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Leaving hospital following colostomy surgery. Information to help you live a full and productive life with an ostomy

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Leaving hospital following colostomy surgery Information to help you live a full and productive life with an ostomy Table of contents Living with your colostomy 3 Taking care of your colostomy Skin care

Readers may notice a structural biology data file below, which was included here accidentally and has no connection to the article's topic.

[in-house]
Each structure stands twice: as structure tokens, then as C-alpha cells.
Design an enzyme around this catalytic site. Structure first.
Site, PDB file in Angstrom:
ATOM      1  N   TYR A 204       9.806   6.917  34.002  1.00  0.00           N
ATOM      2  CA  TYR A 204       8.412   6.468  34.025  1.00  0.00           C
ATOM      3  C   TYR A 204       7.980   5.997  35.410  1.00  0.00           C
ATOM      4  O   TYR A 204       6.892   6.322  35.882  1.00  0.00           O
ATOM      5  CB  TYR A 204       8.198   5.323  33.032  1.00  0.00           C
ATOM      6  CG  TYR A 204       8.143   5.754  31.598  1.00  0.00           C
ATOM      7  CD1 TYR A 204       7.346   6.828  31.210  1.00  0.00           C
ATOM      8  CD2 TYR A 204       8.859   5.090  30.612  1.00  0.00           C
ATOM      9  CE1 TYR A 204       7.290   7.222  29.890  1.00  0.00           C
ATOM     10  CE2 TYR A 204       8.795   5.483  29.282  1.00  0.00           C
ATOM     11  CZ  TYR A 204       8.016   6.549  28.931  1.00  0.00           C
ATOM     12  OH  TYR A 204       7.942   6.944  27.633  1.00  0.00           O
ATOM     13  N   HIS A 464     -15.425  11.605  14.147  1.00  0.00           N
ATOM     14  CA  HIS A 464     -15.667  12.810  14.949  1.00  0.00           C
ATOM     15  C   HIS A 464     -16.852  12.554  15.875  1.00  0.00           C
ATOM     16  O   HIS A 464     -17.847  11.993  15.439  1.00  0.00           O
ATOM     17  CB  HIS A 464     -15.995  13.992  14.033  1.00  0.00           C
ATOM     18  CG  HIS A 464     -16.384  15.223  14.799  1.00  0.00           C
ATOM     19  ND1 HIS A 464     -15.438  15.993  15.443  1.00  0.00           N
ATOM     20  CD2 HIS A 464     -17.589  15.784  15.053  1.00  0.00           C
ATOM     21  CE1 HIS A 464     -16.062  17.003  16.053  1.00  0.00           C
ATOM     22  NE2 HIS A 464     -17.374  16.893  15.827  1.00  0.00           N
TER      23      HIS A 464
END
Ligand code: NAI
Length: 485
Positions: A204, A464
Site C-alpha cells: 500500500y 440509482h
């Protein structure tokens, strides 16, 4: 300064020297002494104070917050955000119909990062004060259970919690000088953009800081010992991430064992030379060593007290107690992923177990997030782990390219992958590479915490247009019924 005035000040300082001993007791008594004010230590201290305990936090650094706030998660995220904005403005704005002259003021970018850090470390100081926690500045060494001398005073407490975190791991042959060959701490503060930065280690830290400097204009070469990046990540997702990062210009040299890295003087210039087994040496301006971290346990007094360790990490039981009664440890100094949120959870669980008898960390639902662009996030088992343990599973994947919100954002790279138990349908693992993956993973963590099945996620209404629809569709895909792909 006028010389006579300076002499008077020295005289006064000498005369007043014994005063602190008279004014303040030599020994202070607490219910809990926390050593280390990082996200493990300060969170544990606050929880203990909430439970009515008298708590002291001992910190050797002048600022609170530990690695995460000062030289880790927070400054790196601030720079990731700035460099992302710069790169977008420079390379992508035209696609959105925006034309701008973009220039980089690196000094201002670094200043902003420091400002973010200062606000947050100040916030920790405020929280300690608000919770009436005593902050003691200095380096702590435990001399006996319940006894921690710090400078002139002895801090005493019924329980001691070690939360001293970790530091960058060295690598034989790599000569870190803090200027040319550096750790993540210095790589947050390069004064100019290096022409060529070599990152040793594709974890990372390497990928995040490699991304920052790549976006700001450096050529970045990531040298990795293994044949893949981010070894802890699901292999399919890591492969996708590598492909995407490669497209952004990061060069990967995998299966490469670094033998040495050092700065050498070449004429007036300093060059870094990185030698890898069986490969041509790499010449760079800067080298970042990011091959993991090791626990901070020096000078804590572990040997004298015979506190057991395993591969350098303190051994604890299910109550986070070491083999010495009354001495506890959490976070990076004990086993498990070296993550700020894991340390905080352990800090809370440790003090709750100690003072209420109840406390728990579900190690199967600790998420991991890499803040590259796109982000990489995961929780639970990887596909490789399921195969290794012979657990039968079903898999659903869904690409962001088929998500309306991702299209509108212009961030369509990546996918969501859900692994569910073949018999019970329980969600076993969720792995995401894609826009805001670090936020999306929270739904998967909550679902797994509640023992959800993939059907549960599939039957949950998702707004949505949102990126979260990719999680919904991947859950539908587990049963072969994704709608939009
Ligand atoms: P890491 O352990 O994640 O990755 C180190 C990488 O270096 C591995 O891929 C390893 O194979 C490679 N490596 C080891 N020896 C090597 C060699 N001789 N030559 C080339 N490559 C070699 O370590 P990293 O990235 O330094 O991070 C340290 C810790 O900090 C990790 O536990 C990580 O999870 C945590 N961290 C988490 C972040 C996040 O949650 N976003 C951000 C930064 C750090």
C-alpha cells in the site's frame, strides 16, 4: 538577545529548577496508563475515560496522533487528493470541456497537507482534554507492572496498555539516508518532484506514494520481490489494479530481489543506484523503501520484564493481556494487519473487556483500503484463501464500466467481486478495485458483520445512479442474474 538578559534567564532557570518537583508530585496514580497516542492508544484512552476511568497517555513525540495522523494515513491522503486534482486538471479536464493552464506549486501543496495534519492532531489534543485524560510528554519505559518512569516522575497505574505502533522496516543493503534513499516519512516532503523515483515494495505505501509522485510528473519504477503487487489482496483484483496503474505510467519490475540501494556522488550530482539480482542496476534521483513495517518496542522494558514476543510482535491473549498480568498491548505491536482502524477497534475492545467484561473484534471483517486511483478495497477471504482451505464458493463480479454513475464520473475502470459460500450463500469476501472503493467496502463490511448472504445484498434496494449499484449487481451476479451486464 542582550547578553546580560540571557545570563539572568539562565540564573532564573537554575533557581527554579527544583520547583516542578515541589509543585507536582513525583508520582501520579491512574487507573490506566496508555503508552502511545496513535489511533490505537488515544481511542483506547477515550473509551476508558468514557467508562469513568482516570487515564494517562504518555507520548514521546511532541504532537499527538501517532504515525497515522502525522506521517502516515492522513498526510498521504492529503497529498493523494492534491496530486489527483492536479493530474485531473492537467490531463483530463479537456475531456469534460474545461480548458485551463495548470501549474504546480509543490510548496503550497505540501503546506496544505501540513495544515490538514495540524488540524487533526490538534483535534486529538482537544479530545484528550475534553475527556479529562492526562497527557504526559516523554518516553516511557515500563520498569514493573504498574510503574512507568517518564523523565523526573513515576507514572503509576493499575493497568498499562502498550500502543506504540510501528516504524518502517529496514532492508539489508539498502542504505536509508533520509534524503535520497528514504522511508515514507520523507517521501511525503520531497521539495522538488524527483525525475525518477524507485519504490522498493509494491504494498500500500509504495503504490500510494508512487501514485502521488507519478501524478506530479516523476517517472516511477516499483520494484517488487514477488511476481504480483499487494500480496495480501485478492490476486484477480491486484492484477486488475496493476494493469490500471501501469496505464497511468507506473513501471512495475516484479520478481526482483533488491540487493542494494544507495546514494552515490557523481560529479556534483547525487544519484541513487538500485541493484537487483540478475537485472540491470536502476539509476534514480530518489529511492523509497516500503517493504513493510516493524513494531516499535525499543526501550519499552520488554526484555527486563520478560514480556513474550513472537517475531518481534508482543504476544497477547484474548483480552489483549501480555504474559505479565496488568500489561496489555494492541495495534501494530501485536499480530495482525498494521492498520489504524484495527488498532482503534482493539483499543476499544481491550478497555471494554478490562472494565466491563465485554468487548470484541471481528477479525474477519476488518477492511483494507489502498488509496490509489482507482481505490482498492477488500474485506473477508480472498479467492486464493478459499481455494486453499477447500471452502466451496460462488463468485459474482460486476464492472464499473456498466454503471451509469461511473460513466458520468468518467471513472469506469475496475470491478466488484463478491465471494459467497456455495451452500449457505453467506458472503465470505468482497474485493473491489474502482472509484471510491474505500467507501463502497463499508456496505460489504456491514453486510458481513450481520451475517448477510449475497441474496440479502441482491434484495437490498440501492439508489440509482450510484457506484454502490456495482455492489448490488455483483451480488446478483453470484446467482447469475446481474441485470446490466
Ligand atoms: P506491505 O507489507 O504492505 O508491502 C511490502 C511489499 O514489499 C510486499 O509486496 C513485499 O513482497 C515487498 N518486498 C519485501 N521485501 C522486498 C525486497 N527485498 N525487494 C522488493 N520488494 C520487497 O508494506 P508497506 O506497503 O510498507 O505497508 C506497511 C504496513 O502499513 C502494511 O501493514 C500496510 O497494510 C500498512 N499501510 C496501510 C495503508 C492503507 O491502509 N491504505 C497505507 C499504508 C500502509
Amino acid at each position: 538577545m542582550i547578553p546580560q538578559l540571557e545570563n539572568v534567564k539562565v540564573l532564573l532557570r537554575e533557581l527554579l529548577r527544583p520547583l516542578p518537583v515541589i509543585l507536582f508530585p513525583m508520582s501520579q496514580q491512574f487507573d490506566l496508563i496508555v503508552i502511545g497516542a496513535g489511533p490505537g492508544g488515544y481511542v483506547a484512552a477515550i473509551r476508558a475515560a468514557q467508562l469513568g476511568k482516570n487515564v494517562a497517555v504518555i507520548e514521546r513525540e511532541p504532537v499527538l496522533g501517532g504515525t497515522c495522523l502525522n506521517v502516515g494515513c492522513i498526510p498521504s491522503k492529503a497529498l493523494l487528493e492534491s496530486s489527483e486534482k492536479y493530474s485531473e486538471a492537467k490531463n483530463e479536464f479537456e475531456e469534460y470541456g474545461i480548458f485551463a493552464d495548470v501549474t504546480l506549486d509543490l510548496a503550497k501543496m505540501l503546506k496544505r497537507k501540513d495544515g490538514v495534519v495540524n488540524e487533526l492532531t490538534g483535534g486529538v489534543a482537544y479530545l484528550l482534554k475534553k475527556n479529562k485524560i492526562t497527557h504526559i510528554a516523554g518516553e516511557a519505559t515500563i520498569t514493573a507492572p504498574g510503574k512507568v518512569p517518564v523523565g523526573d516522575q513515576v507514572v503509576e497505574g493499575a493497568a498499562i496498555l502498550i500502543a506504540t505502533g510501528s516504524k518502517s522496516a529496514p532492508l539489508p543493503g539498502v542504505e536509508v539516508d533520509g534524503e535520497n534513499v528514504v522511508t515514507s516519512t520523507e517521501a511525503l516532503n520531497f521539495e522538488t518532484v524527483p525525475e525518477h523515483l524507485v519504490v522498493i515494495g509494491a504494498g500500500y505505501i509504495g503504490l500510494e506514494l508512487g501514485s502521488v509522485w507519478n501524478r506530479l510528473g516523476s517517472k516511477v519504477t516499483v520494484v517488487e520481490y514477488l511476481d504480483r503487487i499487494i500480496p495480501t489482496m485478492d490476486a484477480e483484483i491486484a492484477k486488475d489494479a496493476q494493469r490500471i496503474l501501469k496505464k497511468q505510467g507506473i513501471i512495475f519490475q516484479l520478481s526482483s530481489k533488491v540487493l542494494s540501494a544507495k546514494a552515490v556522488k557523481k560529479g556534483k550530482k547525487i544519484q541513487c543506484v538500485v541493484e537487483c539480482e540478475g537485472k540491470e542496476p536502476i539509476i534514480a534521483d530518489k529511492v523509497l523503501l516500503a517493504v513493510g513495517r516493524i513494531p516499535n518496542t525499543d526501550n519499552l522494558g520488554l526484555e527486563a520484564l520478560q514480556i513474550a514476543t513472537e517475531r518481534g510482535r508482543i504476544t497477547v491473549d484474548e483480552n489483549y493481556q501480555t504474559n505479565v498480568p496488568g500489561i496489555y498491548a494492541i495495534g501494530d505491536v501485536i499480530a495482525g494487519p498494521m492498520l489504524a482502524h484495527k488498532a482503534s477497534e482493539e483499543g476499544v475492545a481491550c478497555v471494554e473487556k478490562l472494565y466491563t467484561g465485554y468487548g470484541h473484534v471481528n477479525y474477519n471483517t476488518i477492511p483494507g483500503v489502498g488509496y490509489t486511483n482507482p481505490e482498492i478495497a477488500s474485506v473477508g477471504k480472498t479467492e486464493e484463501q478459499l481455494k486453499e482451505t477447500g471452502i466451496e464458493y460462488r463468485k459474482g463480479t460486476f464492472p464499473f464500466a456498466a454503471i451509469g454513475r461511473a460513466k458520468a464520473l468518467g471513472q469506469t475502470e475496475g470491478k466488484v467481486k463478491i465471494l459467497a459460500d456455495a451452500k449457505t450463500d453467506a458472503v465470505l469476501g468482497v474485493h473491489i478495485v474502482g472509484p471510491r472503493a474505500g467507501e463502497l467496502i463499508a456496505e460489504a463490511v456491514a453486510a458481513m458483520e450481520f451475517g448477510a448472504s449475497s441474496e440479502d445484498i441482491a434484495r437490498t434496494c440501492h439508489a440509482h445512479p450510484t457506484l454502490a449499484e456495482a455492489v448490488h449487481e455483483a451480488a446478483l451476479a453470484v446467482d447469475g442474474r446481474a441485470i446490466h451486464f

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Leaving hospital following colostomy surgery Information to help you live a full and productive life with an ostomy Table of contents Living with your colostomy 3 Taking care of your colostomy Skin care and cleaning your stoma 4 Removing hair from around your stoma 4 Skin irritation and sensitivities 4 Preventing infection and avoiding leaks 5 Step- by-step: Changing your pouch One-piece pouching system 6 Two-piece pouching system 9 Disposing of used supplies 12 Living with your ostomy Personal hygiene: Bathing or having a shower 13 Other water activities 13 Returning to work or school 13 Clothing 14 Nutrition and diet 14 Avoiding constipation or diarrhea 14 Managing odor 14 Managing gas 15 Travel 15 Sexual activities and intimacy 16 Managing stress 16 Help at home and in your community Who to call for help 19 Making a follow-up appointment with your surgeon 20 Purchasing ostomy supplies 20 Financial assistance and resources 20 Community supports and information 20 Resource lists and contacts Ostomy supply manufactures 21 Local suppliers 21 Ostomy clothing and accessories 22 Financial assistance and resources 22 Community support groups 23 Glossary 24 Note pages 25 2 Leaving hospital following colostomy surgery Living with your colostomy Undergoing ostomy surgery will result is some changes to your life. With support and training on how to take care of your ostomy, you will find that life can be as full as it was before your surgery. This booklet provides information to help you learn to live with a colostomy. Following your surgery, you will begin to recover and become involved in the care of your ostomy. Before you leave the hospital, your care team will begin the process of teaching you how to take care of your ostomy. The care and support that you received in hospital will continue once you are discharged home. Community nurses will be arranged to visit you at home to continue on with the teaching process. Be sure to ask your hospital care team and your community nurse as many questions as you need so that you feel as comfortable as possible with your ostomy. Once you are home, you may also find it helpful to connect with an ostomy support group. Meeting other people who have adjusted their lifestyles after this surgery and have managed to return to their regular activities can be reassuring. Over time you will become more confident and comfortable with caring for your ostomy. Most people living with an ostomy can return to a full and active life. Leaving hospital following colostomy surgery 3 Taking care of your colostomy Skin care and cleaning your stoma Keeping your stoma and surrounding areas clean is important. To clean the skin around your stoma, all you need to use is warm water and a washcloth, or good quality paper towels. It is not necessary to use soap to clean the area around your stoma. If you prefer to use soap, use a very mild soap. Be sure to rinse the soap off the skin around your stoma very well because any soap film may keep your pouching system from sticking and may cause skin irritation. Always dry your skin well before putting on your new pouching system. Sometimes you may see a small amount of blood on your cloth. The stoma tissue contains small blood vessels and may bleed a small amount when cleaned. If you notice any bleeding that does not stop, you should contact your health care provider. Things to avoid Avoid using soaps and cleansers with oils, perfumes, or deodorants since these can sometimes cause skin problems or keep your skin barrier from sticking. The stoma has no nerve endings, so you are not able to feel if you are rubbing too hard. Use a gentle touch when cleaning around your stoma do not scrub. Do not use alcohol or any other harsh chemicals to clean your skin or stoma. They may irritate your skin. Do not use moistened wipes, baby wipes or towelettes that contain lanolin or other oils. These can interfere with the skin barrier sticking and may irritate your skin. Unless recommended, do not apply powders or creams to the skin around your stoma because they can keep your skin barrier from sticking. Removing hair from around your stoma Shaving or clipping excess hair around the stoma in the direction of hair growth can help keep your stoma clean and may limit skin irritation. You may shave with an electric razor or dry shave with an ostomy skin barrier powder and safety razor. Always wash the skin well with water after shaving. To protect the stoma when shaving, place an empty toilet paper roll over the stoma. Skin irritation and sensitivities The best way to limit skin irritation is by having a well-fitted and comfortable pouching system. Your Enterostomal Therapy (ET) nurse in the hospital or health care professional will help you choose the system that fits and works best for you. It is also important for you to identify any issues with your pouch and be aware when something is wrong or if your pouch does not fit properly. The opening of your skin barrier should be no more than 1/8 of an inch away from the edge of your stoma. Measure your stoma once a week for the first six to eight weeks after your surgery. Your stoma shrinks while it is healing and you need to keep measuring so you can make sure that the opening in the skin barrier is the right size for your stoma. Re-measure your stoma if any irritation develops between the stoma and flange. 4 Leaving hospital following colostomy surgery Check your skin and the back of your skin barrier each time you change your pouching system. You can use a mirror to check your skin under the stoma. Look for any places where stool may have leaked under the skin barrier and onto your skin. When you apply your next pouching system, these areas may need some extra reinforcement with skin barrier strips, rings or paste. Your Enterostomal Therapy (ET) nurse or health care professional will advise you when this is recommended. It is helpful to hold your skin smooth as you put your pouching system on to avoid wrinkles that may lead to leakage. (See the step-by-step instructions for changing your pouch in this booklet on page 6). Sensitive skin If your skin is sensitive, it is helpful to tell your Enterostomal Therapy (ET) nurse or health care professional. A skin patch test may be necessary to see if you have any reaction to the different skin barriers and tapes. Usually the ingredients in the skin barriers do not cause skin irritation. Itching or burning under the skin barrier may indicate that you have leakage, a skin rash, or a skin infection. If you feel itching or burning, remove your pouching system as soon as possible to check your skin for irritation. Preventing infection and avoiding leaks A stoma rarely becomes infected. The most important thing is to protect the skin around your stoma. The best way to prevent an infection is to make sure the pouching system fits properly. Always change your pouching system at the first signs of leakage. Do not try to patch the pouching system with tape or paste. Leaving a leaking pouch on can cause skin irritation. To prevent leaking, always empty your pouch before it is half-full. Release the gas before the pouch gets too full. If you have a lot of gas, you may want to consider using a pouch with a vent or filter. You will know if you are having a reaction to the skin barrier or tape most of the time, because you will see skin changes that match the shape of the product. Inform your Enterostomal Therapy (ET) nurse or health care professional so they can determine the cause of the irritation and recommend another product if needed. Leaving hospital following colostomy surgery 5 Step-by-step: Changing your one-piece pouching system 1. Organize your supplies What you need: Pouch Measuring guide Scissors Marker Barrier ring (as required) Disposal bag to discard your used product Wet and dry cleaning cloths 2. Caring for your stoma & skin Gently cleanse your stoma and surrounding skin with a wet, warm cloth. A mild soap may be used as long as all skin is rinsed well. Pat skin dry. Your stoma will be swollen after surgery. It may take six to eight weeks for your stoma to reduce to its permanent size. Your stoma should be light pink or red in colour. Your stoma will be moist and may bleed slightly when washed. The skin around your stoma should not have any signs of redness or a rash. 6 Leaving hospital following colostomy surgery 3. Measuring your stoma Measure your stoma using the measuring guide - it is important that there is a small amount of space between the cut opening and stoma. This allows room for your stoma to expand and pass stool through the opening. After a six-week period, measurement is generally not required and flanges may be precut in advance. It is recommended that you re-measure your stoma every two to three months to be certain that there have not been any changes. 4. Creating and applying a barrier ring Trace the pattern of your stoma onto the paper backing of the pouch. Cut the pouch to match the pattern. Put your fingers inside the pouch to avoid cutting through the pouch. Remove the paper backing from the skin barrier portion of the pouch and set aside. Gently stretch and apply the barrier ring around the cut opening of the sticky side of the skin barrier portion of the pouch (if using). Leaving hospital following colostomy surgery 7 5. Securing the pouch in place Place the skin barrier opening around your stoma. Make sure the pouch is hanging in the correct position, normally downward. Gently press the barrier onto your skin. Remove the remaining tape backing. 6. Closing the opening Roll up the pouch three times in the same direction (towards your) and press the seal from the middle out, until secure. General guidelines Empty the pouch when 1/3 to 1/2 full of stool/gas. The pouching system should be changed two to three times a week during the first six to eight weeks. Long -term, the system is generally changed twice weekly. This will vary with each individual. Make sure you: Change your pouching system if there are signs of leakage or if you feel a burning or itchy sensation. Notify your Enterostomal Therapy (ET) nurse or health care professional if you have questions or concerns. 8 Leaving hospital following colostomy surgery Step-by-step: Changing your two-piece pouching system 1. Organize your supplies What you need: Flange Pouch Measuring guide Scissors Marker Barrier ring (as required) Wet and dry cleaning cloths Disposal bag for your used product 2. Caring for your stoma & skin Gently cleanse your stoma and surrounding skin with a wet, warm cloth. A mild soap may be used as long as all skin is rinsed well. Pat skin dry. Check your stoma and surrounding skin condition. Your stoma will be swollen after surgery. It may take six to eight weeks for your stoma to reduce to its permanent size. Your stoma should be light pink or red in color. Leaving hospital following colostomy surgery 9 3. Measuring your stoma For the first six to eight weeks after surgery, your stoma should be measured and the opening in the flange adjusted accordingly. It is important that there is a small amount of space between the cut opening and stoma. This allows room for your stoma to expand and pass stool through the opening. After a six-week period, measurement is generally not required and flanges may be precut in advance. It is recommended that you re-measure every two to three months to be certain that there have not been any changes. 4. Creating and applying a barrier ring Trace the pattern of the stoma shape onto the back of the flange. Cut the flange to match the pattern. Remove the clear plastic backing on the flange and set the flange aside. Gently stretch and apply the the barrier ring around the cut opening of the sticky side of the flange if using. 10 Leaving hospital following colostomy surgery 5. Remove remaining tape backing Place the skin barrier opening around your stoma and press it gently onto your skin. Remove the remaining tape backing. A mirror may be helpful to centre the flange. 6. Secure pouch in place Place the pouch onto the base ring of the flange. Place your fingers under the flange for support while attaching the pouch to the flange. Move your fingers clock-wise. Gently tug downward on the pouch to make sure it is attached securely. 7. Close the opening Roll up the pouch three times in the same direction (always towards you). Place the flap down and press the seal from the middle out, until secure. Leaving hospital following colostomy surgery 11 General guidelines Empty the pouch when it is 1/3 to 1/2 full of stool or gas. The pouching system needs to be changed two to three times a week during the first six to eight weeks. Long-term, the system should be changed twice weekly. This may vary with each individual. Make sure you: Change the complete system if there are visible signs of leakage. Notify your Enterostomal Therapy (ET) nurse or health care professional with any concerns or questions. Disposing of used supplies Put your soiled pouching system into a regular plastic bag or a disposal bag provided by your ostomy supplies company. These bags can be thrown away with your regular garbage. 12 Leaving hospital following colostomy surgery Living with your ostomy An ostomy should not affect your ability to resume your lifestyle. Many people find they can continue all of the activities that they enjoyed before their illness and/or surgery. It will take time before you will be physically and emotionally ready to resume normal activity. Allow yourself the recovery time. Be good to yourself and take the extra time to regain your strength and energy. Personal hygiene: Bathing or having a shower You can shower or bathe with or without your pouching system in place. Pouching systems are waterproof. You may find it convenient to plan your pouching system change around your shower or bath. Water, soap or shampoo cannot harm or enter your stoma. If the water pressure is very strong, be careful not to let it hit your stoma directly. It is a good habit to empty the pouch before you shower, bathe or participating in other water activities, such as swimming. Other water activities It is important to check your pouching system before and after you have exposed it to water including activities such as swimming. If you are in water for a long period, the pouching system may start to loosen from your skin. Pouching systems are waterproof. However, you may feel more secure if you wear skin-friendly tape around the edges of your skin barrier when you are in the water. While swimming, you may want to consider wearing tight biking style shorts to keep the pouch close to your body and help keep it from floating. Other options may include a swimming belt or layering a tighter athletic style bathing suit under a trunk style bathing suit. Gas filters do not work after they get wet. It is best to protect the filter with waterproof tape before water activities. Many ostomy supply companies provide filter seals with the pouches. After bathing or swimming, you may use a towel or a hairdryer (on the coolest setting) to dry the tape and cloth backing of the pouching system. This can also help prevent skin irritation from wetness. You may find it helpful to wait approximately an hour after changing your pouching system before swimming. Returning to work or school Many people have concerns about returning to work or school activities. Will I smell? Will there be noises? Will they see it? What if someone asks? These are common concerns. Ostomy pouches are designed to hold stool and to manage odor. There should be no odor, but you can consider using deodorant drops or air fresheners to add confidence and comfort. Noises associated with your pouch are often muffled by clothing. By placing an arm across your stoma site, you can further muffle noises. Your pouch should not be visible once you are fully dressed. Remember, as a person you have not changed. You have a surface change that has given you back your health. The decision to share with others is personal. You only need to tell people you have an ostomy if you want to. Leaving hospital following colostomy surgery 13 Clothing You can continue to wear the same clothing that you wore before your ostomy surgery. Some people may prefer wearing suspenders instead of a belt, pants with pleats and patterned clothing. A full, snug undergarment is recommended to give support to the pouching system and create a smooth line under your clothing. Snug-fitting clothing can be worn without fear of harming the stoma or interfering with stoma functioning. Nutrition and diet Dietary change will depend on the type of surgery you have had. Generally, there are no food restrictions following colostomy surgery. In the long-term it is important to include fiver in your diet so that your colostomy continues to function well. Here are some examples of high fibre foods: Fruit: pears, figs, blueberries, apples Grains, cereals and pastas: whole wheat pastas, bran flakes, oatmeal, rye or whole wheat/grain bread Legumes, nuts and seeds: lentils, black beans, lima beans, almonds, peanuts Vegetables: peas, artichokes, brussel sprouts, turnips, potatoes, broccoli. Avoiding constipation or diarrhea You may experience constipation or diarrhea with your colostomy. You would treat them the same way you would whether you have a colostomy or not. Diarrhea - if you experience diarrhea, it is important to increase your fluids, eat bland food and get extra rest. Constipation - if you experience constipation, it is important to increase your fluids, add extra fibre into your diet and take a stool softener (such as Colace or a natural bulking agent such as Metamucil.) If diarrhea or constipation persists, seek medical advice. Managing odour Your pouch is designed to control odour. When it is secure and in place, there should be no odour. Stool odour is a result of a person s body chemistry. If you have concerns, here are some things that you can do to help reduce any odor when changing your pouch: Use deodorizing tablets or liquids for deodorizing the inside of the pouch Use neutralizing sprays or wicks to freshen the bathroom Foods that tend to produce odour: Fish Chicken Eggs Beans Onions Vegetables of the cabbage family Foods and liquids that may reduce odor: Cranberry juice Yogurt Buttermilk Fresh parsley 14 Leaving hospital following colostomy surgery Managing gas Following your surgery, you may notice increased gas and noise because your bowel is now empty and has been handled during your surgery. It is important to get back to eating regular balanced meals to reduce gas. Skipping meals is more likely to increase gas production. Here are some tips to avoid gas build-up: Eat slowly and chew food well. Avoid gum chewing, smoking, mouth breathing, carbonated drink and sucking on ice chips or candies. All of these things encourage swallowing large amounts of air, which produces more gas. To help thicken stool: applesauce, oatmeal, bananas, cheese, creamy peanut butter, boiled rice, tapioca, and boiled milk. Drink at least six to eight glasses of non-caffeinated liquids each day. Caffeine may cause a looser output. Beverages with caffeine include coffee, tea, chocolate and cola drinks. Yogurt helps to control gas formation and buttermilk helps soothe an irritated bowel. Be aware of foods that can produce more gas. Experiment by excluding these foods from your diet. Troublesome foods may include: Vegetables of the cabbage family Asparagus Sweet potatoes Onions Milk and milk products Melons Dried beans and peas Spicy foods Beer Cheeses (roquefort, brie and other strong cheeses) Travel People with an ostomy travel just like anyone else. Here are some travel tips: Carry identification with your medical contact information, ostomy product codes and Enterostomal Therapy (ET) nurse s name and phone number. Your ostomy chapter, ostomy retailer or company will often carry ostomy identification cards. M